Gov 2.0 – We Need to Get Past the Honeymoon Stage of Our Relationship

I was in Las Vegas this week to participate in BlogWorld 2009 with some of the industry’s biggest big-wigs in social media. I really like going to conferences like this and next week’s Web 2.0 Summit in San Francisco because they help me escape the Gov 2.0 echo chamber that I sometimes get trapped in back in DC.  The people I meet, the presentations I hear, and the conversations that I have while at these conferences help me get a more realistic view of what’s going on with the Gov 2.0 movement.  This week’s conference was no different.  Between this week and Brian Drake’s excellent blog post, I realized that we (the “Goverati”) are still very much in the honeymoon stage of Gov 2.0.

Allow me to explain. I liken it to when you first start dating a woman and everything is going well – you talk for hours, you spend every waking moment with each other, and you talk to your friends about how great everything is going.  This goes on for a few weeks or months – it’s still new, it’s still fun, and perhaps most importantly, it’s not anything like that last awful relationship you had.  However, this is also the time when you’re ignoring the fact that she made you meatloaf the other night for dinner and you hate meatloaf but all you could say was, “I loved it honey.”  This is also the time when your buddies might start telling you that this girl is crazy-annoying, but you laugh it off and tell them that she’s the best thing that’s happened to you.  This is the time when you have a distorted view on reality because everything is so new and fun and different.  This is the stage that we find ourselves with Gov 2.0.

Gov 2.0 is still so new that we talk about it ad nauseam with anyone who will listen, it’s the greatest thing to happen to the government ever, and it’s most definitely not at all like that last command and control relationship where we didn’t have a voice and were bullied around all the time.  Not anymore, we say!  We have Government 2.0 now and everything is perfect!!  However, we’re making the same mistakes that everyone in the honeymoon stage makes – we’re writing off mistakes (and outright failures) as minor quirks, we’re ignoring logic in favor in the new girl/technology, and possibly most damaging, we’re ignoring the people who are giving us constructive criticism because they just don’t know her (Gov 2.0) like I do.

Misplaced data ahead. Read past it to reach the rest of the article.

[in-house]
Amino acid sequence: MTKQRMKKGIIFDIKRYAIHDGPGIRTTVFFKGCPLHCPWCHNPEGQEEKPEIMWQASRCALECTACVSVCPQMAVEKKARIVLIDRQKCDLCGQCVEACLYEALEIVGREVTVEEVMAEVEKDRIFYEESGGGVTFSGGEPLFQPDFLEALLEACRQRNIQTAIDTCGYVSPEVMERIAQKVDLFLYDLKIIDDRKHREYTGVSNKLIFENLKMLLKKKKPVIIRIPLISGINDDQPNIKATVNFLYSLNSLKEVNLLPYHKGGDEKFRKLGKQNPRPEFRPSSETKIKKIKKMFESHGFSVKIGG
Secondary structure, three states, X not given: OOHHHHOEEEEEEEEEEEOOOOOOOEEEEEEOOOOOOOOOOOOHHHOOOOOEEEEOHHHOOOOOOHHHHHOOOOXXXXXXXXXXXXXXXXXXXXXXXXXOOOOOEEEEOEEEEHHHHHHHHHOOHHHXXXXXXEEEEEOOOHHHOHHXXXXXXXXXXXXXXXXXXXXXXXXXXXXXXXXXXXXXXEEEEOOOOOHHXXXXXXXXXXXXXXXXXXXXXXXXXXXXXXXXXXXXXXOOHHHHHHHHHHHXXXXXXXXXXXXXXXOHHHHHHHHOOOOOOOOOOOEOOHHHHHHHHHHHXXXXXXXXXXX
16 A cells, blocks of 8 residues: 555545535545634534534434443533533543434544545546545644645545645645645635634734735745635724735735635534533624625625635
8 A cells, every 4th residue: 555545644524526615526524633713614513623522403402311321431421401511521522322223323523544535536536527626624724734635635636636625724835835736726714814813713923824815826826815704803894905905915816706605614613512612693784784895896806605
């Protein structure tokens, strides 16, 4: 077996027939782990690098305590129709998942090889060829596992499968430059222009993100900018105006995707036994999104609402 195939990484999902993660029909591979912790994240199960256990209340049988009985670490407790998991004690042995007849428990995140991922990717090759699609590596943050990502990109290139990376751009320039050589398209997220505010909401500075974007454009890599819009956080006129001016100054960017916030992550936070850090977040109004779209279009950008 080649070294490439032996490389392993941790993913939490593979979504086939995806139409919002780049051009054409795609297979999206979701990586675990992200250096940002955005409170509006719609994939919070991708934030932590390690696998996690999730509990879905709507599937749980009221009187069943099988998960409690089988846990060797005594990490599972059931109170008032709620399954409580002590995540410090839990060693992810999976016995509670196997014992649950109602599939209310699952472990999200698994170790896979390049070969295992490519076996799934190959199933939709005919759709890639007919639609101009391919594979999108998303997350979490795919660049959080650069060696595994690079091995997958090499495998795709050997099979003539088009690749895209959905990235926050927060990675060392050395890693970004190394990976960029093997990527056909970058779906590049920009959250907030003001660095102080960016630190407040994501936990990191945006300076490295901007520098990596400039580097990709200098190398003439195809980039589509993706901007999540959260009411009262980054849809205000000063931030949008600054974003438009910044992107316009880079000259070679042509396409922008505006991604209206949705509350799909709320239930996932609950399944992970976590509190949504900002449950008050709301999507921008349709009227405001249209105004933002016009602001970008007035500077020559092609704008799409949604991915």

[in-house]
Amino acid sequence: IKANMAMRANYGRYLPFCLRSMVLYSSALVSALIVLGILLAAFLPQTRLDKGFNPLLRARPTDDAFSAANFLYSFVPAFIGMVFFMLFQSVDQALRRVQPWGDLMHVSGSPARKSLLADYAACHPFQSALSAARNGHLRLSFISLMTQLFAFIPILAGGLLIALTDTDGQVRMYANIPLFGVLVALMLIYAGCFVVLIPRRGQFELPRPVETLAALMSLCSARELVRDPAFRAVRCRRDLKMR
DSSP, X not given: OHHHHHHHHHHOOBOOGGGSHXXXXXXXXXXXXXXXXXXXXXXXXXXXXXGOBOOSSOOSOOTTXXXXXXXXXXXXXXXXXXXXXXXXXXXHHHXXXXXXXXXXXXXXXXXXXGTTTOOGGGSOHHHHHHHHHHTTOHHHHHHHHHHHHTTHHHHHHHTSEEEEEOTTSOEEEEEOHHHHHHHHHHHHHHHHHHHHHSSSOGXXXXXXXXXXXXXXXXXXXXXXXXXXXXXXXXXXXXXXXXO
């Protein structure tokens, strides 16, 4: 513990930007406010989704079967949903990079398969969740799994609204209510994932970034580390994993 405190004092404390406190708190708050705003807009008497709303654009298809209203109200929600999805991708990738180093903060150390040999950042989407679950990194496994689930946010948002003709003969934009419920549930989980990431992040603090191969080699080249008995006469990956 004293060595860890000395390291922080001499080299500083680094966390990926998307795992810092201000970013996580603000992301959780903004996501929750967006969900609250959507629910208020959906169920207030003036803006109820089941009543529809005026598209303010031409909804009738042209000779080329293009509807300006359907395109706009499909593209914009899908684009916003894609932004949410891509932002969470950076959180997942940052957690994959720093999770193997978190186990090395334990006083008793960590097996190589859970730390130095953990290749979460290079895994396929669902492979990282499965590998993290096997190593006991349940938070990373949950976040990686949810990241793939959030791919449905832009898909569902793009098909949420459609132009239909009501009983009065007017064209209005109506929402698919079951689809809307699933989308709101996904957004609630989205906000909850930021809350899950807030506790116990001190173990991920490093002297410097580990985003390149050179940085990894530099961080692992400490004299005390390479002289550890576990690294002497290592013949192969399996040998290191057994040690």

Coming out here and participating in BlogWorld showed me the next stage of our Gov 2.0 relationship.  It showed me people asking the tough questions, demanding more out of the community, and tackling some very polarizing legal issues.  People were almost unanimously friendly, but there were definitely some disagreements and debates to be had, not to mention some good-natured ribbing.  It showed me a relationship where the participants have finally started to understand each other’s strengths and weaknesses and can be honest about them.  It showed me what Gov 2.0 can and will be if we just start admitting it to ourselves.  Yeah, Gov 2.0 is absolutely great and it’s most definitely changing government for the better.  That doesn’t mean that everything is perfect though.  There are things we can do better.  There are things we can do more of.  And there are things that we need to address before we can take that next step in our relationship.

  1. Realize that not all is perfect in the land of Gov 2.0 While we’ve had a lot of success, let’s not sweep our weaknesses under the rug.  Let’s identify what’s going wrong and talk about it.  We have showcases to talk about all of the successes – why don’t we have an event to talk about the challenges we’re facing and how to overcome them?  Oh wait – we will…
  2. Identify the skeptics and open up a dialogue with them – let’s stop talking about how great we all are amongst ourselves.  I want a conference where that CIO who continues to block access to social media talks about why they’re blocking it.  I want to hear from that Admiral explaining why he’s banned his sailors from using social media.  I want to go to an event where I can talk with the guy who decided to shut down the UGov email system and learn more about the pressures he’s facing.  I want an event, well, an event like this
  3. Hear the war stories of the people who have gone before us – Listen, I KNOW that there have been people who have been fired, reprimanded, demoted, moved to another project, and just flat-out yelled at for some of their Gov 2.0 efforts.  What happened and why?  What are the battles that people are facing?  What are the battles that have been won and lost?  I know that I’ve dealt with people yelling at me, laughing at me, and/or dismissing me for my Gov 2.0 efforts over the last three years – I’m sure there are others out there who would be able to learn from these experiences, just as I have.  Let’s talk about them

Don’t get me wrong – I love Gov 2.0 and I think we’re going to have a long and successful relationship.  I just think we’re to the point where I can tell her that I hate meatloaf without thinking she’s going to get angry with me.  If you agree, and want to help, leave a comment here, tweet this out, and tell your friends – we need the help of the community to identify those people who will tell us the hard truths that our friends won’t because they don’t want to hurt our feelings.

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About sradick

I'm an SVP, Senior Director at BCW in Pittsburgh. Find out more about me here (

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